“Isle of Dogs”, a stop-motion animated film by Wes Anderson, impresses me with its shabby charm while also bothering me with its questionable case of cultural appropriation. Although I admire the painstaking efforts put into every shot of the film and appreciate its distinctive style and mood, I cannot help but feel a bit queasy about its rather superficial handling of Japanese cultural elements, and that makes me hesitate a little on whether I can recommend it just for its commendable technical achievement.
Its story is set in a fictional Japanese city named Megasaki, whose name is probably derived from Nagasaki. Although the narration by Courtney B. Vance explains to us that the period background of the movie is near-future Japan, Megasaki looks more like a broad caricature of the Japanese society in the 20th century, and, to be frank with you, I would not have been surprised if Godzilla and Mothra had appeared on the screen.
During the early part of the film, we are told about how all the dogs in the city happen to be banished to Trash Island, a landfill island located outside the city. When the city is threatened by the sudden outbreak of a dog flu virus which can also be harmful to human beings, Mayor Kobayashi (voiced by Kunichi Nomura) orders the massive banishment of dogs, and he promptly makes a public example of Spots (voiced by Liev Schreiber), a dog who has been loyal to Kobayashi’s young adapted nephew Atrai (voiced by Koyu Rankin) since their first encounter. Although a prominent scientist, who also happens to be the leader of a local opposition party, tries to develop the cure for the dog flu virus, Kobayashi remains adamant with his heartless policy, and he continues to get the full support from most of the city population as getting ready for another mayor election to come.
Meanwhile, life has been pretty shabby and miserable for dogs since their banishment to Trash Island. We meet Chief (voiced by Bryan Cranston), Rex (voiced by Edward Norton), King (voiced by Bob Balaban), Boss (voiced by Bill Murray), and Duke (voiced by Jeff Goldblum), and then we see how they try to survive together everyday. Whenever something possibly edible is sent away from the city, they are always ready to grab it by any means necessary, and there is an amusing deadpan moment when our canine gang logically decides to resort to their bestial nature during their confrontation with some other group of dogs.
And then there comes an unexpected change on one day. A small plane crashes into the island, and that is how Chief and his fellow dogs encounter Atari, who flied to the island for searching for Spots. Although he can only speak Japanese while the dogs in the film can only speak English, Atari manages to communicate with Chief and his fellow dogs to some degree, and they soon come to embark on the journey across the island together, which turns out to be a pretty big wasteland full of dirty and shabby things such as an abandoned factory for processing various trash stuffs.
Deliberately looking ugly and shabby during this part, the film frequently entertains our eyes with moods and details to be savored and appreciated. As cinematographer Tristan Oliver’s camera often smoothly makes precise straight movements across the screen, it serves us with bountiful details to notice, and we come to admire more of its effortless stop-motion animation. As he previously did in “Fantastic Mr. Fox” (2009), Anderson paid a lot of attention to creating the vivid, realistic texture of his animal characters, and his impressive voice cast members playing the canine characters in the film did a wonderful job of imbuing their respective characters with life and personality while also delivering well many funny moments shining with Anderon’s own dry sense of humor.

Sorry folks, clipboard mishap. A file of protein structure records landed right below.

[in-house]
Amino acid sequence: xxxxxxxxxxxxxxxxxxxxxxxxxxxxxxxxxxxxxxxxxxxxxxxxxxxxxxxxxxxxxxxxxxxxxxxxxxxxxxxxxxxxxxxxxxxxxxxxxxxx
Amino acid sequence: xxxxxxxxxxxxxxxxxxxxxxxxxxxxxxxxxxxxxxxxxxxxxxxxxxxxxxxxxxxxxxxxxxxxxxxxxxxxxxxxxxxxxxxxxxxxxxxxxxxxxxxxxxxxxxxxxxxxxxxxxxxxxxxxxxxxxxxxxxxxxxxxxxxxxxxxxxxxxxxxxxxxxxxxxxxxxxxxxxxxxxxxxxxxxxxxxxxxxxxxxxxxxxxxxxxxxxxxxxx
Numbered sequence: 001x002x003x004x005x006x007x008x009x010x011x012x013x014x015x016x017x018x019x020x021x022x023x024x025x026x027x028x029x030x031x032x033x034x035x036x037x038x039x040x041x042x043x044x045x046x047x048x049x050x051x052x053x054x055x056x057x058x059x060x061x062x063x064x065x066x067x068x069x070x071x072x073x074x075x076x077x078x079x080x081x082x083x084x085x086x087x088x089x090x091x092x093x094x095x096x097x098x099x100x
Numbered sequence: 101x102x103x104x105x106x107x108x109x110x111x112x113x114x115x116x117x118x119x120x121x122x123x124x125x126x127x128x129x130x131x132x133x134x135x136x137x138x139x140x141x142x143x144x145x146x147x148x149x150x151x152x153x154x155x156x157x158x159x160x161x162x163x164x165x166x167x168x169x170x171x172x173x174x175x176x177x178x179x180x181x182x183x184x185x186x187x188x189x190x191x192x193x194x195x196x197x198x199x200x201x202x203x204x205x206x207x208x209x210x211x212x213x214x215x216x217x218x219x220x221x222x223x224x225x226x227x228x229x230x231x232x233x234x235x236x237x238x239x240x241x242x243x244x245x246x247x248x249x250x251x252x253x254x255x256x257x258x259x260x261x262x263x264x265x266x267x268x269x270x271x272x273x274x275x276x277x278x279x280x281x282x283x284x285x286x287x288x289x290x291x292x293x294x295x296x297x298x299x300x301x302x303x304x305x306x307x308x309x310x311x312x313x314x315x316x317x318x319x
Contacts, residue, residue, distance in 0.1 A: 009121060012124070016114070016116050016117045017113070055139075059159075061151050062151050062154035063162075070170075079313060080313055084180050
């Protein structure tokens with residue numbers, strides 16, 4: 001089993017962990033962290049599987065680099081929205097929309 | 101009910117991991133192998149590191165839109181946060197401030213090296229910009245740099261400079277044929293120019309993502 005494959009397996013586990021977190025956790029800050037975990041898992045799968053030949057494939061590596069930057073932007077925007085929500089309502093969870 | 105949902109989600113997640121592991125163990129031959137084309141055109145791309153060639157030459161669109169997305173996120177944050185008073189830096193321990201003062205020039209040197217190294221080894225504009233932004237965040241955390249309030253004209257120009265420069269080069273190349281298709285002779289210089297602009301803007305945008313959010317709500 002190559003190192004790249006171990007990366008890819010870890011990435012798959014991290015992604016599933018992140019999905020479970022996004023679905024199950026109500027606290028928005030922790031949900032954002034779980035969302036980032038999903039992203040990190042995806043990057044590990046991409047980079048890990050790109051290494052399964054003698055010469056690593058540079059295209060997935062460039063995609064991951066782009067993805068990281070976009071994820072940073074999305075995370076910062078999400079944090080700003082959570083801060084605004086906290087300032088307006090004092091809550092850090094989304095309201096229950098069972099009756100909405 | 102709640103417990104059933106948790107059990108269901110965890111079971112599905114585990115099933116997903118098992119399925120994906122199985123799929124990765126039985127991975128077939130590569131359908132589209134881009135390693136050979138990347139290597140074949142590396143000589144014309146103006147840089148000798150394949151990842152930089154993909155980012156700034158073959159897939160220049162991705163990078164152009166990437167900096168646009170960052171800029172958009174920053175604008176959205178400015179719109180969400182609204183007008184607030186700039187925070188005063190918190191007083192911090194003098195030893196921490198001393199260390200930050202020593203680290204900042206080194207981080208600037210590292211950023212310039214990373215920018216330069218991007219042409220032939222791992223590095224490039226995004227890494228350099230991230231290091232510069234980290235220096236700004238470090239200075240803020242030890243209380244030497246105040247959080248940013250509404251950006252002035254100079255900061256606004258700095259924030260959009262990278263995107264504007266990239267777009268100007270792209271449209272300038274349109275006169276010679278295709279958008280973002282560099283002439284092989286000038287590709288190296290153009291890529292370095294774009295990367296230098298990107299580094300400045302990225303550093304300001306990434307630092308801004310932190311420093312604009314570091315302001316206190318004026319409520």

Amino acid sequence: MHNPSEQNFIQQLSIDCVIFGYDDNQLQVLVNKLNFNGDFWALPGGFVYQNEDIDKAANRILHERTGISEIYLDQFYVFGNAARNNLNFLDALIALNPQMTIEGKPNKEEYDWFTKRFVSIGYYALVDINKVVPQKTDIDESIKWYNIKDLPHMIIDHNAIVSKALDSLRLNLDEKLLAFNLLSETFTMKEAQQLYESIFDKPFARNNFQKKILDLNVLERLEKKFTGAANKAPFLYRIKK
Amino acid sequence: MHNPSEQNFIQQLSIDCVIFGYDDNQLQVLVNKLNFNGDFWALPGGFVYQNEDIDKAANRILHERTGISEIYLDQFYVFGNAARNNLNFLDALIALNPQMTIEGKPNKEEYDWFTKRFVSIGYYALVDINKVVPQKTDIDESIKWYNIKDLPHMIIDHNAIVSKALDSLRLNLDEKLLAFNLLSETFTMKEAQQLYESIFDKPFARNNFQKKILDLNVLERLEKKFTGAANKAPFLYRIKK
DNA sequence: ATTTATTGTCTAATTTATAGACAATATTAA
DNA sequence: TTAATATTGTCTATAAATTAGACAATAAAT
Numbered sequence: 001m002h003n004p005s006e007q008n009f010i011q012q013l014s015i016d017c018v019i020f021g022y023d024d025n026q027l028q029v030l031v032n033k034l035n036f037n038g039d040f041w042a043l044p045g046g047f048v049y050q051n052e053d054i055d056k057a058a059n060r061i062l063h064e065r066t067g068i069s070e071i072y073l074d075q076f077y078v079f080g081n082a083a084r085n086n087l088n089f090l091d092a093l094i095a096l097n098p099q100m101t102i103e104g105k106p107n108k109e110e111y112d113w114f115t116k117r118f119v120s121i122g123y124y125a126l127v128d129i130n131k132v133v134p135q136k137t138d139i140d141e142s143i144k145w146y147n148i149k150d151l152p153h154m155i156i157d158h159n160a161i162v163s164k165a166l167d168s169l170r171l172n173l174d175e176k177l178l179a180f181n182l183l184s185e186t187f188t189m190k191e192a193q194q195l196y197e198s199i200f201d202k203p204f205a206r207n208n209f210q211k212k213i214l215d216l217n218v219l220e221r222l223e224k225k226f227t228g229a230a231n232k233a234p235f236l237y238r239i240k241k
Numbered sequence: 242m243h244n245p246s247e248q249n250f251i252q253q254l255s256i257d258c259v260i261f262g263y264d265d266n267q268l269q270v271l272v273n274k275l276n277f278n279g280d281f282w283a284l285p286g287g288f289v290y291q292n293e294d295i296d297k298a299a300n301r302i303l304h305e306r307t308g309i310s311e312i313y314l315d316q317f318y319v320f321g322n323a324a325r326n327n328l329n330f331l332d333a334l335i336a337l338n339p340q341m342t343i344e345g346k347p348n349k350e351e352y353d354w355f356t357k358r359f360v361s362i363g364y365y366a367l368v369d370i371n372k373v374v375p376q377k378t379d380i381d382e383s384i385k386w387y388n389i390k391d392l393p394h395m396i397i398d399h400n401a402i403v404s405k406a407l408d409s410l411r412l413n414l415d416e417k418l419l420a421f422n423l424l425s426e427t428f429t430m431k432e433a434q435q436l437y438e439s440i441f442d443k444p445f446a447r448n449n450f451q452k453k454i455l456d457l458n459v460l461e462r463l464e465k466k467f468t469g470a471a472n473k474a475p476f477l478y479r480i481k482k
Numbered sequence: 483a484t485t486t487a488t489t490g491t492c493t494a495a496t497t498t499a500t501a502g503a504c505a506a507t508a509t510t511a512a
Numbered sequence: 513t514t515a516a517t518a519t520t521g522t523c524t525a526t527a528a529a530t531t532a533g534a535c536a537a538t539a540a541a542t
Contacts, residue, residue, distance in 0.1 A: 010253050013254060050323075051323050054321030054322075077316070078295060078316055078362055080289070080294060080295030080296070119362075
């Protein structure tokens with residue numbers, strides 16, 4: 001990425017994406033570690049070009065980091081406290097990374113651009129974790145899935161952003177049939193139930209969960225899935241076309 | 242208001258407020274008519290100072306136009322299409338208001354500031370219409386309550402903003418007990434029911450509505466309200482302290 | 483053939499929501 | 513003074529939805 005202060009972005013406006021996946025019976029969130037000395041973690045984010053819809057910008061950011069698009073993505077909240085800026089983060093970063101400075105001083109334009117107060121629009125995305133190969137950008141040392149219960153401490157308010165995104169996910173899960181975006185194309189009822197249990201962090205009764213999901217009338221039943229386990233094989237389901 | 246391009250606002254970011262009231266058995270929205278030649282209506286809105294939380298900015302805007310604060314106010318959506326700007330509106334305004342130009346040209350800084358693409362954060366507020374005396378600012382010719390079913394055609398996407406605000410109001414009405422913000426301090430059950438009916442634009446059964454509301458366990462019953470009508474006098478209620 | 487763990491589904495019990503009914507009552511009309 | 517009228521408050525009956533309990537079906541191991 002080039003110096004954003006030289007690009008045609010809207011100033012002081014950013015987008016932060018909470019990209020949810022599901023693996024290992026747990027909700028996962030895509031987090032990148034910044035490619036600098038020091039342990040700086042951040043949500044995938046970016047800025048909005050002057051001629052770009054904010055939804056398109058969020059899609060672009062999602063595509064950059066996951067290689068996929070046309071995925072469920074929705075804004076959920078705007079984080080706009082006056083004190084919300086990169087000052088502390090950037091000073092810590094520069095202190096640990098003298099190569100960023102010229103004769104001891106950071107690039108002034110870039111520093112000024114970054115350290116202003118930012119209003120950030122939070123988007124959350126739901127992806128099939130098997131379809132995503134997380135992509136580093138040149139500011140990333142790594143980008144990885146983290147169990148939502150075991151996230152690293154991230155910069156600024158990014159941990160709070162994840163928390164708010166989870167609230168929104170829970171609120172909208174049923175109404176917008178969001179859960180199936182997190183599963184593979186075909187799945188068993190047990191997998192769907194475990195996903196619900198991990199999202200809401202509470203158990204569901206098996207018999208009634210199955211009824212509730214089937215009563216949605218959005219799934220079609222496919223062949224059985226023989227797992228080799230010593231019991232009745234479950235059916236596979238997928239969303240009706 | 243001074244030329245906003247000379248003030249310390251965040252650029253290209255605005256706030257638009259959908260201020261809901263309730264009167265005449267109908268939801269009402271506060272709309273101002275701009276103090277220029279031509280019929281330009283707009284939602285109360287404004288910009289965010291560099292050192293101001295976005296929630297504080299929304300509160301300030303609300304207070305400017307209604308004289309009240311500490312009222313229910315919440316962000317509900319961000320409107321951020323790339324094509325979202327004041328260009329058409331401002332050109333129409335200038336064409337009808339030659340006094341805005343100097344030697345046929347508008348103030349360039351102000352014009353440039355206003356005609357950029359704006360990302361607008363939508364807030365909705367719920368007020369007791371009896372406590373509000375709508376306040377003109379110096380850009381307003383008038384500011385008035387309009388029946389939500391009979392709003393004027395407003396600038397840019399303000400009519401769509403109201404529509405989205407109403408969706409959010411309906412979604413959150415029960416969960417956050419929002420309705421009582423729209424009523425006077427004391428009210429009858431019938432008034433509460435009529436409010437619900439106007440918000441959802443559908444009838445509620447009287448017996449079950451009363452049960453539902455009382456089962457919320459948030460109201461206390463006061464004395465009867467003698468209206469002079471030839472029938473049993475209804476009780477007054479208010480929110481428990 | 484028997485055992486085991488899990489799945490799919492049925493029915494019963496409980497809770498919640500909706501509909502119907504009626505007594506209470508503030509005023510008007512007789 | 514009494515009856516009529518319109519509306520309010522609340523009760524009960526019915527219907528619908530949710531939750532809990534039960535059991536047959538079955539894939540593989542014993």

However, the other part of the film is less successful in comparison. While Atrai and his canine companions go through their bumpy journey in the island, a movement against Mayor Kobayashi is initiated by an American exchange student named Tracy Walker (voiced by Greta Gerwig) and her Japanese school colleagues, and we are supposed to care about this as much as what is going on in the island, but, unfortunately. the human characters are not developed enough to engage us. As a matter of fact, most of them are merely presented as blatant stereotypes while their Japanese lines are usually translated directly to us by Interpreter Nelson (voiced by Frances McDormand), and this storytelling approach inevitably makes us feel more distant to the film.
I guess that is why I became more aware of its noticeable aspects of cultural appropriation. I am sure Anderson simply wants to have his own creative fun with foreign cultural materials here just like he did in “The Darjeeling Limited” (2007), but the result feels less impactful and more superficial in comparison mainly because of its relatively weak storytelling, so I still feel some dissatisfaction even though I was entertained enough during my viewing.
Overall, “Isle of Dogs”, which received the Silver Bear award for Best Director at the Berlin International Film Festival early in this year, is not wholly without flaws, but it is at least amusing and interesting enough to compensate for its weak aspects, and it is surely another admirable work from Anderson. Although it is not on a par with “Fantastic Mr. Fox” or “The Grand Hotel Budapest” (2014), I enjoyed its style, mood, and details nonetheless, and, despite my remaining reservation, I think I may watch it again someday just for watching all those shabby dogs in the film.